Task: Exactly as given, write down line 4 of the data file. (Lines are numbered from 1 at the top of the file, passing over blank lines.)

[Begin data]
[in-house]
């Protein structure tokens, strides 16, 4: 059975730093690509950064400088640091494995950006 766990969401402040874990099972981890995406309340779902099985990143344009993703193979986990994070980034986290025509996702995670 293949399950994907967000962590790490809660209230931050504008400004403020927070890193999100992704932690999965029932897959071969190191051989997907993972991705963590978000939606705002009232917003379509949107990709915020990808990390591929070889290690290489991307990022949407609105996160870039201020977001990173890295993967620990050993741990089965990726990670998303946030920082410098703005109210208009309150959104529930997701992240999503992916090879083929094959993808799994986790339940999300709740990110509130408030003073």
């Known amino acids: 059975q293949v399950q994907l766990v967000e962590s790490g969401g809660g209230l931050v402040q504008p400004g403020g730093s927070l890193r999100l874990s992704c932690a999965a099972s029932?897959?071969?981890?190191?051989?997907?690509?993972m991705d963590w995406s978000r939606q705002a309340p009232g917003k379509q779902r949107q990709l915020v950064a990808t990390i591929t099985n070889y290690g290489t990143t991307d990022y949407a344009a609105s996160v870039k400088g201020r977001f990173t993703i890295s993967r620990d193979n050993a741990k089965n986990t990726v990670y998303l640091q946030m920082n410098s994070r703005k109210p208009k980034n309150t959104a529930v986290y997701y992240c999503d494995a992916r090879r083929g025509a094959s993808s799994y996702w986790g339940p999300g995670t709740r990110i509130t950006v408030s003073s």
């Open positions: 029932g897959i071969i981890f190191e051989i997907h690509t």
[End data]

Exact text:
């Open positions: 029932g897959i071969i981890f190191e051989i997907h690509t």